There are a million different ways for people to share their digital files with others using their mobile devices. Traditionally, you’d need to know at least some information about the person you’re sharing files with: e-mail address, phone number, etc. But a new app, as reported by Mashable earlier today, ProxToMe (available for free, but only on iOS at press time) changes that up, for better or for worse. (When used properly, we think for better.) Now, anyone can share their files with anyone else who also has the app installed on their iPhone.
There’s a little bit of a creepy factor, considering the idea that a perfect stranger could attempt to send you a file. (It should be noted, the download isn’t automatic, of course. The receiver has to accept the file transfer.) The sheer concept conjures up scenarios of people trying to send salacious photos or malicious files.
But before you freak out, we need to point out that there are some major benefits to using this app versus traditional means, especially when it comes to sending larger files. While it can be nearly impossible, or take a lifetime, to send video files (think: full feature movies), when using ProxToMe, the transfer will take merely a few seconds.
Files are sent into the user’s Dropbox, and the only size limitation is the space available in their Dropbox account. To boot, in a single move, a user can transfer a file to multiple users, speeding up the distribution process.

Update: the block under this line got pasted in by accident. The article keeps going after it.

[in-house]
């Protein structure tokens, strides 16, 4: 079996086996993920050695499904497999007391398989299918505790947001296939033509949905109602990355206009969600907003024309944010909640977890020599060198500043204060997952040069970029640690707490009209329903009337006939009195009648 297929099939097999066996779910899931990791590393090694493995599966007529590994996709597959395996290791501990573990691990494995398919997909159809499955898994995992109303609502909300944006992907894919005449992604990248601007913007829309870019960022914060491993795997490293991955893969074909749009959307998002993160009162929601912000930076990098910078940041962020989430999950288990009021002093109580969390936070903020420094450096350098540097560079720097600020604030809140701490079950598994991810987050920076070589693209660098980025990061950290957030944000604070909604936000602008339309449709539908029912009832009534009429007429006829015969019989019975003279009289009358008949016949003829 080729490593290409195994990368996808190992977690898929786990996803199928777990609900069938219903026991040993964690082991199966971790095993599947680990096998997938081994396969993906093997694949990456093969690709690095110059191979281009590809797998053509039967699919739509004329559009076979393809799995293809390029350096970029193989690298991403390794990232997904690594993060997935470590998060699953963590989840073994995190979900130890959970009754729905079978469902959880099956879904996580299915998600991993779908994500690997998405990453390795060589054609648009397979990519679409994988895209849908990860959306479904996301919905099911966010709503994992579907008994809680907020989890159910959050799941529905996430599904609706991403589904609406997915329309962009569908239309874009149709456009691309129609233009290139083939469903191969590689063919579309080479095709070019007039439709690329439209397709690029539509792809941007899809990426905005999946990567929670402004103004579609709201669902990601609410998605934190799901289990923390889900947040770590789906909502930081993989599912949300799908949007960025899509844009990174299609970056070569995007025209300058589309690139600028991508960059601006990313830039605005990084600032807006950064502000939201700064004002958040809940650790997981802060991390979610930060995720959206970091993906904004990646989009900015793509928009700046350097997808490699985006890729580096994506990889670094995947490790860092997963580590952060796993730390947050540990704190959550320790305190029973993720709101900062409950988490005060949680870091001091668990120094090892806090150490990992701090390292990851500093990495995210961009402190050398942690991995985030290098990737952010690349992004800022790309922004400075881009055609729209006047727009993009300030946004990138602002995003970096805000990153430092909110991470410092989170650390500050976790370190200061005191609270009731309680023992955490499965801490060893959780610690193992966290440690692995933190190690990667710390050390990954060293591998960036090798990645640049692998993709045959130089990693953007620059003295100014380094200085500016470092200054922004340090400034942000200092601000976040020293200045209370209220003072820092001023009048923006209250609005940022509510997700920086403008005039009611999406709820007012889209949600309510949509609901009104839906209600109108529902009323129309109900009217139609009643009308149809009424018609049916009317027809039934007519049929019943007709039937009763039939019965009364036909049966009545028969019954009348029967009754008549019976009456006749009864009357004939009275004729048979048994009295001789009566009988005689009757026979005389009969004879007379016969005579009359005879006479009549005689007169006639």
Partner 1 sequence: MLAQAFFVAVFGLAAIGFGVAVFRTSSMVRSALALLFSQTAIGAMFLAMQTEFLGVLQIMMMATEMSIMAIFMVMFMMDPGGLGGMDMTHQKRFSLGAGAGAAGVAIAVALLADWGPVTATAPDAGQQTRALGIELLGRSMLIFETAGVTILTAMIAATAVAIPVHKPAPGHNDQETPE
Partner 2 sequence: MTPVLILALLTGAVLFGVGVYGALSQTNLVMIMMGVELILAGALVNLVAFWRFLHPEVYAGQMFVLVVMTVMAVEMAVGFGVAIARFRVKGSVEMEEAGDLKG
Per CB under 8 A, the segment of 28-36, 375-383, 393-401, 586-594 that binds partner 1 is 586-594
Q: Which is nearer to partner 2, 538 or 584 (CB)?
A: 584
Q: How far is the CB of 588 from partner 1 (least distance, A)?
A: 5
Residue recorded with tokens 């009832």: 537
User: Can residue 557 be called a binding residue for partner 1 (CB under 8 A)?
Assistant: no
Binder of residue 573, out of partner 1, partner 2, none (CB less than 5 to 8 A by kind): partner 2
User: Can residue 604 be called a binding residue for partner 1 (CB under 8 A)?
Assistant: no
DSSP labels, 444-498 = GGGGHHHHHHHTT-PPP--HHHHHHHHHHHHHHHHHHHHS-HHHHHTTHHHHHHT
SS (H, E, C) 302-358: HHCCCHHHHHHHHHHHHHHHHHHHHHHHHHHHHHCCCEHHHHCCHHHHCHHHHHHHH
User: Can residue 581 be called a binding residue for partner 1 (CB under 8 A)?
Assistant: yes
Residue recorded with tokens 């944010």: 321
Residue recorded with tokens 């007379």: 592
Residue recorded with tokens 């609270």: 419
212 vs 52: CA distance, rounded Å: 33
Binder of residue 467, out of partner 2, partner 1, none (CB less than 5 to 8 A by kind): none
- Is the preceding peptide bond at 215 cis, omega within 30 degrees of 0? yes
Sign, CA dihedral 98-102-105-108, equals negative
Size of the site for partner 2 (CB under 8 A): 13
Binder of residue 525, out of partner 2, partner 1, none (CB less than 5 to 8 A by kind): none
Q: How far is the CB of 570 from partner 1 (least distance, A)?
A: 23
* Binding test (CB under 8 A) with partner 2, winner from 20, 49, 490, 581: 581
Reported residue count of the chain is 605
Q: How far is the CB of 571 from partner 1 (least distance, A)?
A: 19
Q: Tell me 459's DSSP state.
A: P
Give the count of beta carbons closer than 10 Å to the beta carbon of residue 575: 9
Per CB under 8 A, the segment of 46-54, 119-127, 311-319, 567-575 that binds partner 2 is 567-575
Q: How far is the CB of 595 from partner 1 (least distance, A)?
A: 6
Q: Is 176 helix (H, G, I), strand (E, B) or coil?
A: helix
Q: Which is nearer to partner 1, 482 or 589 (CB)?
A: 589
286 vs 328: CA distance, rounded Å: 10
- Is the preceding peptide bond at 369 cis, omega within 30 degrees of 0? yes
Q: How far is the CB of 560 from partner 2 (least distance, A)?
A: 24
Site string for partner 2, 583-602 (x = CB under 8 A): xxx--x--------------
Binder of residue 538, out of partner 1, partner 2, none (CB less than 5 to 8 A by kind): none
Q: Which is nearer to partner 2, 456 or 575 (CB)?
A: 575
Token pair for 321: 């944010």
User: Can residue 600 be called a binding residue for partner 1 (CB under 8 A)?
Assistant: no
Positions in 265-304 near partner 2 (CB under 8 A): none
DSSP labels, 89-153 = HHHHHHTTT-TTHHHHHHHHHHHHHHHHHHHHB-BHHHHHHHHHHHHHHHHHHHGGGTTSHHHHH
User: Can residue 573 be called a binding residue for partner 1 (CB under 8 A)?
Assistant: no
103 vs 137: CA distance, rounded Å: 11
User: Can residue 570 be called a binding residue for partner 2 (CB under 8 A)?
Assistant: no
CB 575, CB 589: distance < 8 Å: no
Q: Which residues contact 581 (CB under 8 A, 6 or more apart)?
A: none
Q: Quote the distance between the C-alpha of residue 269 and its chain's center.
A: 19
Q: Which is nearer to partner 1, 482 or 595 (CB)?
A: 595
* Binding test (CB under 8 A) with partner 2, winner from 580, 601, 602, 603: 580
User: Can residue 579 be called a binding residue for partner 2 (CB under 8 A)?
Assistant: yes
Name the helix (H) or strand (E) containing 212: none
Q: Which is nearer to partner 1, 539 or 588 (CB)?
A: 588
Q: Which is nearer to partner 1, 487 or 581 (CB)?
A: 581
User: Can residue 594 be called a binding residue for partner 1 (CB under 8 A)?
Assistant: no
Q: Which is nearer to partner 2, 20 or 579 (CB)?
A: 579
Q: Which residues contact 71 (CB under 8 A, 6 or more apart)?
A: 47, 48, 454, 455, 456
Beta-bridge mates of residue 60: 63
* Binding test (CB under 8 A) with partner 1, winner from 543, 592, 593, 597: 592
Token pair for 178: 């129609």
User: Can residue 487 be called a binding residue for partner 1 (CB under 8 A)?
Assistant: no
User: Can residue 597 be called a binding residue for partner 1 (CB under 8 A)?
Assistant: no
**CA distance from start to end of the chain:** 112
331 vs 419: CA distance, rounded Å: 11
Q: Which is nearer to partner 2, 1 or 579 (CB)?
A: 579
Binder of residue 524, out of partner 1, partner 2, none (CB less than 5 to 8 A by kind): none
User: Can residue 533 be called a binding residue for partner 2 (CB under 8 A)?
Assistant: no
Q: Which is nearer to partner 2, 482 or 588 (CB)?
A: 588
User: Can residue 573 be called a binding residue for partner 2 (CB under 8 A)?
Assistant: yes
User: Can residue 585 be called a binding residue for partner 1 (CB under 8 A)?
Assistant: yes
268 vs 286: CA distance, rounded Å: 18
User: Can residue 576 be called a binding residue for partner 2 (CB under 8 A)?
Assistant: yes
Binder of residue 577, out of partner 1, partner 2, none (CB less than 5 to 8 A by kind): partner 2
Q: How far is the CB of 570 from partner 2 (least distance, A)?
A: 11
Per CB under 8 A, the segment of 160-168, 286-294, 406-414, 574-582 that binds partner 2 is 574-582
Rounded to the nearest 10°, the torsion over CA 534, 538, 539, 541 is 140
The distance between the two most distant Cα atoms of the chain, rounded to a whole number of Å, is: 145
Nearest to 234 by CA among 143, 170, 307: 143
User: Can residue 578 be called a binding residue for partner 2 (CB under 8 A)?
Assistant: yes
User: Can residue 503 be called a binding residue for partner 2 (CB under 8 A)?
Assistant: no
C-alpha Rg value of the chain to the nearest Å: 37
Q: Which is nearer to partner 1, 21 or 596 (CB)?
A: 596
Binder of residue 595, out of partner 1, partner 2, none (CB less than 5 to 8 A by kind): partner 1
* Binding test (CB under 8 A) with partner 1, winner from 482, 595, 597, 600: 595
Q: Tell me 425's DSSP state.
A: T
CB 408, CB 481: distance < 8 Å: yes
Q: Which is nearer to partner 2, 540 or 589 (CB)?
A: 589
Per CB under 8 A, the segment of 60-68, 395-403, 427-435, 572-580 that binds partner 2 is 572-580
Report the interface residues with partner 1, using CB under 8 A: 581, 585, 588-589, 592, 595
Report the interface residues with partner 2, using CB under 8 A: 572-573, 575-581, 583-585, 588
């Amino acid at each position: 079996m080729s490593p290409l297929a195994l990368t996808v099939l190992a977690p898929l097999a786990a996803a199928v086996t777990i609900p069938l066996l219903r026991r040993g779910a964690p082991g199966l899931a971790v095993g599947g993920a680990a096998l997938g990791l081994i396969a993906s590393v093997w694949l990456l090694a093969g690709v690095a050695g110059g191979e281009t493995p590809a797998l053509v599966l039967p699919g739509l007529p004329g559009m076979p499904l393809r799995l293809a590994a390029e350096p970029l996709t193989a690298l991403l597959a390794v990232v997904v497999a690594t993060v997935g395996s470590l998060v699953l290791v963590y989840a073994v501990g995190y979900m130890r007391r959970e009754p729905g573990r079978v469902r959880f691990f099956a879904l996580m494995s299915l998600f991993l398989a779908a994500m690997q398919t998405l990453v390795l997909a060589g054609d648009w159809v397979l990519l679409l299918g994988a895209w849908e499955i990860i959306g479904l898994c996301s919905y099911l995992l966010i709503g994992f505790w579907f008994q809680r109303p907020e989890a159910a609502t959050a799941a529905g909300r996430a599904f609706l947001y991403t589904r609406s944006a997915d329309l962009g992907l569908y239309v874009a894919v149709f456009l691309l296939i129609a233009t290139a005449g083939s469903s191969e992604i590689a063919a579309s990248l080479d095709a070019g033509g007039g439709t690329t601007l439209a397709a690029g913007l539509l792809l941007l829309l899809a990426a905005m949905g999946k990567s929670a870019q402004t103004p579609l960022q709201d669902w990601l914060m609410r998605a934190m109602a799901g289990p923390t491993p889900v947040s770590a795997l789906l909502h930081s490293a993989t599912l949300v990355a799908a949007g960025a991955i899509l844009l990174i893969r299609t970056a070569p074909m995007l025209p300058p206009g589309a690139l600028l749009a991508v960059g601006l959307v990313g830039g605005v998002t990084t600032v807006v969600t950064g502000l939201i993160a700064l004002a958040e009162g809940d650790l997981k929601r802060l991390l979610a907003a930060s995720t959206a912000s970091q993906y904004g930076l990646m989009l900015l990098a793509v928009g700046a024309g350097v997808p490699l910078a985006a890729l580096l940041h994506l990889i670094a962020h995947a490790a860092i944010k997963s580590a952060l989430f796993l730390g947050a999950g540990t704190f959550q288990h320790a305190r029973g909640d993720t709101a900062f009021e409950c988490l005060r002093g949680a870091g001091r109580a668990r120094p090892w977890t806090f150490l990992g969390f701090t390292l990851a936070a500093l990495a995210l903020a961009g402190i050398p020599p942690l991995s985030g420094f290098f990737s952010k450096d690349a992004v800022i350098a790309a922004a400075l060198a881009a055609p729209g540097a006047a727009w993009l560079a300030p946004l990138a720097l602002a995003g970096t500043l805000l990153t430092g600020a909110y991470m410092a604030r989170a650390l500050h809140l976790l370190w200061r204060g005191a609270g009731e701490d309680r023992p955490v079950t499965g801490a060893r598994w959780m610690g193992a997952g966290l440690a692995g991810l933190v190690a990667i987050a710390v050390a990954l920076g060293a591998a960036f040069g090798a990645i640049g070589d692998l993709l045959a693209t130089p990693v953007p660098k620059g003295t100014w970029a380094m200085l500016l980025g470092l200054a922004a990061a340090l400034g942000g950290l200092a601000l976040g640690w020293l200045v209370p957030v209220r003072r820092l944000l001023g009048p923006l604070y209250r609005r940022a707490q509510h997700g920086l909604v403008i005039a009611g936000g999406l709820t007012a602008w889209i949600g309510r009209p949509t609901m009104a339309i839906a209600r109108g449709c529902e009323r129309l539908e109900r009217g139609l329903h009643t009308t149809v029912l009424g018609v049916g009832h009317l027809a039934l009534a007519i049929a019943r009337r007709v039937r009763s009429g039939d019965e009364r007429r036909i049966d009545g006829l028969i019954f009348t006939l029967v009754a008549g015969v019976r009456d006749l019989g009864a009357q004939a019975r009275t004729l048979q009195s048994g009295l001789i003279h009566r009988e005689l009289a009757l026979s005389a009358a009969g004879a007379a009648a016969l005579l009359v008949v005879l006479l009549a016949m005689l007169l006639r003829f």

But let’s face it. There are few times when people need to distribute such large files to their friends using a mobile device. So what will be the app’s biggest use? According to Carlo Capello, co-founder of ProxToMe, the big draw will likely be for bands, who could use the app to send out promotional material, like a song, during one of their shows. And, once they do, they can save the contact information of anyone who accepts the download, and continue to send promotions down the road, even when not within 250 feet.
- Despite good intent, sharing a child abuse video could land you in trouble
- Google’s slimmed-down YouTube Go app is coming to more than 130 countries
- 9 things to know about Facebook privacy and Cambridge Analytica
- The best iPhone apps available right now (April 2018)
- Reddit scatters in-feed sponsored posts inside its mobile apps